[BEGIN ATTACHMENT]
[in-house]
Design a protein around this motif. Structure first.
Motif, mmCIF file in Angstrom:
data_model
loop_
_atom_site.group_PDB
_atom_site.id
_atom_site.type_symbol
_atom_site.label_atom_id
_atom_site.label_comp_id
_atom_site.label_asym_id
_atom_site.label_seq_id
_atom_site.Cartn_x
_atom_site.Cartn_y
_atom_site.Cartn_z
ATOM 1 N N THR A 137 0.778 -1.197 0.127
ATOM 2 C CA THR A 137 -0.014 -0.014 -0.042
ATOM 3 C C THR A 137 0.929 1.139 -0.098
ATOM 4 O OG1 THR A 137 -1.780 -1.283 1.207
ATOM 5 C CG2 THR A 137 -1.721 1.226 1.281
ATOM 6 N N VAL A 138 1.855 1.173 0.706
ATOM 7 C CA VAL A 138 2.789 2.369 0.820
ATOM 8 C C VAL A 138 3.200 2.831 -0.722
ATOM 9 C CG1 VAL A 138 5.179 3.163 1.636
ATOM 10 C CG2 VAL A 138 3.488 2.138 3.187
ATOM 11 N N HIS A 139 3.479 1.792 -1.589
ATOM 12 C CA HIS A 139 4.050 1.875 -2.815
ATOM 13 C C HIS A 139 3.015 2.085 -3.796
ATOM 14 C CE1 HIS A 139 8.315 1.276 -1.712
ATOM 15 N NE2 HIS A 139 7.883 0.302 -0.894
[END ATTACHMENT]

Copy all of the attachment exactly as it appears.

[in-house]
Design a protein around this motif. Structure first.
Motif, mmCIF file in Angstrom:
data_model
loop_
_atom_site.group_PDB
_atom_site.id
_atom_site.type_symbol
_atom_site.label_atom_id
_atom_site.label_comp_id
_atom_site.label_asym_id
_atom_site.label_seq_id
_atom_site.Cartn_x
_atom_site.Cartn_y
_atom_site.Cartn_z
ATOM 1 N N THR A 137 0.778 -1.197 0.127
ATOM 2 C CA THR A 137 -0.014 -0.014 -0.042
ATOM 3 C C THR A 137 0.929 1.139 -0.098
ATOM 4 O OG1 THR A 137 -1.780 -1.283 1.207
ATOM 5 C CG2 THR A 137 -1.721 1.226 1.281
ATOM 6 N N VAL A 138 1.855 1.173 0.706
ATOM 7 C CA VAL A 138 2.789 2.369 0.820
ATOM 8 C C VAL A 138 3.200 2.831 -0.722
ATOM 9 C CG1 VAL A 138 5.179 3.163 1.636
ATOM 10 C CG2 VAL A 138 3.488 2.138 3.187
ATOM 11 N N HIS A 139 3.479 1.792 -1.589
ATOM 12 C CA HIS A 139 4.050 1.875 -2.815
ATOM 13 C C HIS A 139 3.015 2.085 -3.796
ATOM 14 C CE1 HIS A 139 8.315 1.276 -1.712
ATOM 15 N NE2 HIS A 139 7.883 0.302 -0.894